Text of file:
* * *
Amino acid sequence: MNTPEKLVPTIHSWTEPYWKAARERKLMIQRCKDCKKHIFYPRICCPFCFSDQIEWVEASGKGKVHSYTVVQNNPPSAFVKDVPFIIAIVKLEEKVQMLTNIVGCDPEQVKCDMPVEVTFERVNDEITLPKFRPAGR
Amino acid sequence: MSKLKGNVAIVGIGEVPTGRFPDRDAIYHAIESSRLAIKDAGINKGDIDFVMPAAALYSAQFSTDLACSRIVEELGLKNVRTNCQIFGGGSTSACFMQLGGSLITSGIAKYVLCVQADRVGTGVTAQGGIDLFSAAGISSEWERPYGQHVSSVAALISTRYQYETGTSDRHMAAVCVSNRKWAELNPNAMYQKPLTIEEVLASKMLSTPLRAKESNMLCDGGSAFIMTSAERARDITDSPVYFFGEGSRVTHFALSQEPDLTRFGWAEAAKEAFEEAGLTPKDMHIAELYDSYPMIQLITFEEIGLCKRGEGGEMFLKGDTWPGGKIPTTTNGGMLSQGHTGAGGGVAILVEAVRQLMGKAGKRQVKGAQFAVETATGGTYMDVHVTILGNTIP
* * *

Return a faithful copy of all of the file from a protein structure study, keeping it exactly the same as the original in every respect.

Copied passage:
Amino acid sequence: MNTPEKLVPTIHSWTEPYWKAARERKLMIQRCKDCKKHIFYPRICCPFCFSDQIEWVEASGKGKVHSYTVVQNNPPSAFVKDVPFIIAIVKLEEKVQMLTNIVGCDPEQVKCDMPVEVTFERVNDEITLPKFRPAGR
Amino acid sequence: MSKLKGNVAIVGIGEVPTGRFPDRDAIYHAIESSRLAIKDAGINKGDIDFVMPAAALYSAQFSTDLACSRIVEELGLKNVRTNCQIFGGGSTSACFMQLGGSLITSGIAKYVLCVQADRVGTGVTAQGGIDLFSAAGISSEWERPYGQHVSSVAALISTRYQYETGTSDRHMAAVCVSNRKWAELNPNAMYQKPLTIEEVLASKMLSTPLRAKESNMLCDGGSAFIMTSAERARDITDSPVYFFGEGSRVTHFALSQEPDLTRFGWAEAAKEAFEEAGLTPKDMHIAELYDSYPMIQLITFEEIGLCKRGEGGEMFLKGDTWPGGKIPTTTNGGMLSQGHTGAGGGVAILVEAVRQLMGKAGKRQVKGAQFAVETATGGTYMDVHVTILGNTIP